The return from family vacation

Six months ago I wrote “family vacation” on the calendar in black ink. I knew that this was the only way it would happen. To reinforce the edict, I paid the money for the hotel in advance. Thus my past self forced my current self to take three days out of a busy week and trek to the wilderness for family time. When I scheduled the vacation it was all by itself in the middle of an empty month. It was my intention to keep that month empty. But deadlines slid around, new activities and projects shoehorned their way into our lives. And the calendar around the vacation filled to overflowing. But the vacation was written in ink. It was our stake in the ground that some times business things had to bend around family things. Howard and I both knew that we were not allowed to move it.

Last week I fretted at Howard. I worried that we would go on the vacation, but that he would spend the whole time stressed and cranky. I worried that because of the vacation we would get even further behind on work, but that the existence of the work would prevent us from enjoying the vacation. I worried that we would come out of the three days having accomplished none of the things I hoped for.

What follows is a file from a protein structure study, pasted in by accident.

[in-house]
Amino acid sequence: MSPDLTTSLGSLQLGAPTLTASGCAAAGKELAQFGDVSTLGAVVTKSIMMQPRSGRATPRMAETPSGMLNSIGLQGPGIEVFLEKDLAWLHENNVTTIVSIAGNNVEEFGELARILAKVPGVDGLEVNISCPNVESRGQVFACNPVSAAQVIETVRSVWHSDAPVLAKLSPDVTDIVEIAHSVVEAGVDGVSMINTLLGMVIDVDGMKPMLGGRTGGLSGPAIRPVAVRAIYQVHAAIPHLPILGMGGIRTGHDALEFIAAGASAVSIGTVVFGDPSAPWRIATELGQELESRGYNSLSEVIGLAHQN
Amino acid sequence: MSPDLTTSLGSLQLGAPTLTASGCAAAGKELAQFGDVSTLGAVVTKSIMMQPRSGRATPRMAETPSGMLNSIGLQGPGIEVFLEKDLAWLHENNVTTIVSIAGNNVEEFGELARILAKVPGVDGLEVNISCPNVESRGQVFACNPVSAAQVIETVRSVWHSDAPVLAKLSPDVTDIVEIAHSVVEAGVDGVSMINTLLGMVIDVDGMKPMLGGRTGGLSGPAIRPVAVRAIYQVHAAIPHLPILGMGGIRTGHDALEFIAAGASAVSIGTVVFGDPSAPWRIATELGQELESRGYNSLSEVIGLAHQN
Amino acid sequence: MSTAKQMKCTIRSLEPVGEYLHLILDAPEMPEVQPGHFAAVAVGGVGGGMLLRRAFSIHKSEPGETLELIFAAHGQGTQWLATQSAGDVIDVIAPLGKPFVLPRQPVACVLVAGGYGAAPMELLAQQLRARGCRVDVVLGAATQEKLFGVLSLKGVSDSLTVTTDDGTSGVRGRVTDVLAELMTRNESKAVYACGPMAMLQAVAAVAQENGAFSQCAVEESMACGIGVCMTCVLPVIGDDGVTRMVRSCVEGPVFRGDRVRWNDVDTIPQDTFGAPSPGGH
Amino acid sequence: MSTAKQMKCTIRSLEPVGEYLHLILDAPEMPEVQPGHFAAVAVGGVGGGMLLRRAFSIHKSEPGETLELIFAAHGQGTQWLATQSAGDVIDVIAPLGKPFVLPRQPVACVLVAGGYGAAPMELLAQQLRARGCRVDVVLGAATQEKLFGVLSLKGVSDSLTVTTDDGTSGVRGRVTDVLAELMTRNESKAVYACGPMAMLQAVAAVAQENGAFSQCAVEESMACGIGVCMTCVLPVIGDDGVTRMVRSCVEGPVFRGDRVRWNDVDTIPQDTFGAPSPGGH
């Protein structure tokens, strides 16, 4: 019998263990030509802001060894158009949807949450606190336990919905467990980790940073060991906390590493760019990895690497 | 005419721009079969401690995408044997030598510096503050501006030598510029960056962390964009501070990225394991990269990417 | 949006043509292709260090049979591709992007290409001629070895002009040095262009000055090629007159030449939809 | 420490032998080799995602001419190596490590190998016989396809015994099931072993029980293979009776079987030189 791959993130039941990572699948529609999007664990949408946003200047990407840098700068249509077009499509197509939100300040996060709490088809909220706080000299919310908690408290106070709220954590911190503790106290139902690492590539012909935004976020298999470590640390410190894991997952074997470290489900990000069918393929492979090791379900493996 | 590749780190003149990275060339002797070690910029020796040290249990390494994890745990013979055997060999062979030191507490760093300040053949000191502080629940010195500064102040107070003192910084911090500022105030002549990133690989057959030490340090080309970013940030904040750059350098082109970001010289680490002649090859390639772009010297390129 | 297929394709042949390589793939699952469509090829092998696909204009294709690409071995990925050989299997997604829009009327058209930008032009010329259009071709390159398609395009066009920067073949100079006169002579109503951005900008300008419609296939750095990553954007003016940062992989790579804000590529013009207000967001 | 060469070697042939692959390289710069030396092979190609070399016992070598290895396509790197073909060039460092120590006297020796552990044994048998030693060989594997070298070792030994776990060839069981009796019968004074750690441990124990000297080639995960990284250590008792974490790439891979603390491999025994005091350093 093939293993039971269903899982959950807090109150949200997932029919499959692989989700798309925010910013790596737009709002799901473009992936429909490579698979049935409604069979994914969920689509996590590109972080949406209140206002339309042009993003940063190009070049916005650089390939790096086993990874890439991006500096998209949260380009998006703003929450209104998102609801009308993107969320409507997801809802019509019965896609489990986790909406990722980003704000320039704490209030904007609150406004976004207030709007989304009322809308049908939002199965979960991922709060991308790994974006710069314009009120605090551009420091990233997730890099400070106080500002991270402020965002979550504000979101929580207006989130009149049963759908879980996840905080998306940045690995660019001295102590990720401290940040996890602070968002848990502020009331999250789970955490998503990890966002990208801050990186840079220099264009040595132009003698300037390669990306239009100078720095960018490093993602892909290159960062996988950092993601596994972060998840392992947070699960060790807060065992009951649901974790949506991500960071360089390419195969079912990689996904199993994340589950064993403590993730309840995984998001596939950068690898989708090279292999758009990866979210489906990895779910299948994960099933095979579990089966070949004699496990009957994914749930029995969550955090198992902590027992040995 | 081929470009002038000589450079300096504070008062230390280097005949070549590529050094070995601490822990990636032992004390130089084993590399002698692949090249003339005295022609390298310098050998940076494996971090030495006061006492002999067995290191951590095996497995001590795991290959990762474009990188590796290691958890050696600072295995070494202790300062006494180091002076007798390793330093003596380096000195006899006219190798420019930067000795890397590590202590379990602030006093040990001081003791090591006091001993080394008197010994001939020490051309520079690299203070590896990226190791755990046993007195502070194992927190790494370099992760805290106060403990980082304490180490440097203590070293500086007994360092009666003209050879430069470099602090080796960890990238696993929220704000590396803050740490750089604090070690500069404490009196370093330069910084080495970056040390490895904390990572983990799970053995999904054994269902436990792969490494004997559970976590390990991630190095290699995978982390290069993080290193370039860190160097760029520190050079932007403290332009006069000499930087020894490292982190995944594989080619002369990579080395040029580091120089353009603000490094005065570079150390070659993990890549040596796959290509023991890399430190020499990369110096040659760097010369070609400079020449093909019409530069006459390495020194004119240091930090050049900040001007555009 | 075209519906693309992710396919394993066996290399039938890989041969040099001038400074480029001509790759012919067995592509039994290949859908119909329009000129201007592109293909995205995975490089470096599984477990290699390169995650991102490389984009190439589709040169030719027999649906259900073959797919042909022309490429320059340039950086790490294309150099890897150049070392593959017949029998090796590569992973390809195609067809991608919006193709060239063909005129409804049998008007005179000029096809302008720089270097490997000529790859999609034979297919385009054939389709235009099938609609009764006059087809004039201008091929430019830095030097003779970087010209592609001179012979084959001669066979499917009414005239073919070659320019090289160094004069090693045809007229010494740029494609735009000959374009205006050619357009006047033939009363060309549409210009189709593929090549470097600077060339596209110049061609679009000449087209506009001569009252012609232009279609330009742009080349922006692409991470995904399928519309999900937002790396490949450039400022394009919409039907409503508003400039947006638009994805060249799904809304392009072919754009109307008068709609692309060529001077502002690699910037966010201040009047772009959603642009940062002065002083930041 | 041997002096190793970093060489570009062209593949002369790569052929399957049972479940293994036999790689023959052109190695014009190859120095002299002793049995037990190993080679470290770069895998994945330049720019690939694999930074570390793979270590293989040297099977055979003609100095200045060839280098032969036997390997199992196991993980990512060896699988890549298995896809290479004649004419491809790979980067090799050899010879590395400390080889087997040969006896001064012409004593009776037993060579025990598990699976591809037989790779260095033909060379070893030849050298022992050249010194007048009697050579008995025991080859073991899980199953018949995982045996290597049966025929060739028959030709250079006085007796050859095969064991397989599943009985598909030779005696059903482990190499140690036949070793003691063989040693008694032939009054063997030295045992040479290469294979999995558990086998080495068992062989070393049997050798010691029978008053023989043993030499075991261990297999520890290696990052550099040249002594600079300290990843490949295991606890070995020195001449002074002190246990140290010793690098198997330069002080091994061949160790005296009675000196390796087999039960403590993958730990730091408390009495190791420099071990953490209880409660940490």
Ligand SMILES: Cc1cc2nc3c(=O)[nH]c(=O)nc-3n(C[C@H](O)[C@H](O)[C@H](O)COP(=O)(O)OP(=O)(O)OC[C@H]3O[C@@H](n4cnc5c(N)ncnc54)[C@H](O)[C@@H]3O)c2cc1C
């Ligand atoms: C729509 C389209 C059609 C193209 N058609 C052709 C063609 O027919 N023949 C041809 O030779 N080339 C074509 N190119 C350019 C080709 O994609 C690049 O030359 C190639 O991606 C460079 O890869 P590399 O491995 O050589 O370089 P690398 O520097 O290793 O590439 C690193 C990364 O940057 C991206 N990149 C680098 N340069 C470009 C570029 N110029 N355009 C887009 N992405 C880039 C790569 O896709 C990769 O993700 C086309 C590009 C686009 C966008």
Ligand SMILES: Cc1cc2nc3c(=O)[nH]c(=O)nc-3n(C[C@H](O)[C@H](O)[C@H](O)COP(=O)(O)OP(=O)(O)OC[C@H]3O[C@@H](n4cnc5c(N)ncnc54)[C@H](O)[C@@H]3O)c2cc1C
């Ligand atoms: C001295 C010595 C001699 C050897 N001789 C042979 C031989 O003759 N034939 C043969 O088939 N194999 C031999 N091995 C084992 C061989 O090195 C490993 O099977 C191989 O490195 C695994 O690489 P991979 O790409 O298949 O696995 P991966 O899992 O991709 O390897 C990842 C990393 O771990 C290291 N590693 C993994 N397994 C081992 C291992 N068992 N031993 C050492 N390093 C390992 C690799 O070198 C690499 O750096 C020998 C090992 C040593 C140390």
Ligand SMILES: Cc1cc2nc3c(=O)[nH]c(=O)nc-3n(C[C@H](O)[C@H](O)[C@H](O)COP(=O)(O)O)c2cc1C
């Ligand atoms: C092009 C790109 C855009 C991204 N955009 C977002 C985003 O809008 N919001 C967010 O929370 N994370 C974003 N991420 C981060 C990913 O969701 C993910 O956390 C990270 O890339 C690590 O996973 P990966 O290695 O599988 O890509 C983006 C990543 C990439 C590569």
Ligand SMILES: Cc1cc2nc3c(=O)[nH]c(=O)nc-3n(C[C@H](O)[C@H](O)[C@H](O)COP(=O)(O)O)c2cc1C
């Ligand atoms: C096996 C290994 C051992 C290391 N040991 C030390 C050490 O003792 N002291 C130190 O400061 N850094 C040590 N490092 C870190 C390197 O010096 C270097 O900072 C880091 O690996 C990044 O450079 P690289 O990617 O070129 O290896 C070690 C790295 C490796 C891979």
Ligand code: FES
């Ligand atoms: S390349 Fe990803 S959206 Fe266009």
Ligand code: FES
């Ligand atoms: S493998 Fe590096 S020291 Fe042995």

The worries were not groundless. It took lots of conscious effort from all six of us. In the end, Howard had an easier time letting go of stress than I did. I left it all behind just fine for the travel, but when I checked my email that night it lay in wait for me. It was a fretful night for me. But the next day there were other things to do. We were all so far outside our habit patterns that it forced us to interact in new ways. I played games with the kids. We all went swimming. Howard got out his minis and paints. We all watched for wildlife and scenery. We figured out how to get six people to fall asleep in the same room without driving each other crazy. All the business and home things drifted far away and none of us thought of them.

On the last night, just as we were falling asleep, Howard said “This was good. I’m glad we came.” I held my breath for a moment, waiting for the qualifier that never came. He was just glad for the trip. I smiled in the dark.

On way home we drove through Provo Canyon. The scenery in Provo Canyon is every bit as astounding as the scenery we drove five hours to go see and it has the advantage of being a mere 20 minutes from our house. It is true that the canyon lacks herds of elk and buffalo, but you can see deer and big horn sheep if you know where to look. Howard and I looked at the canyon walls impressively high above us, and felt no regret. The trip was never about going to see things, it was about getting away from our regular things and spending time together. This we did. It was an unqualifiedly marvelous vacation.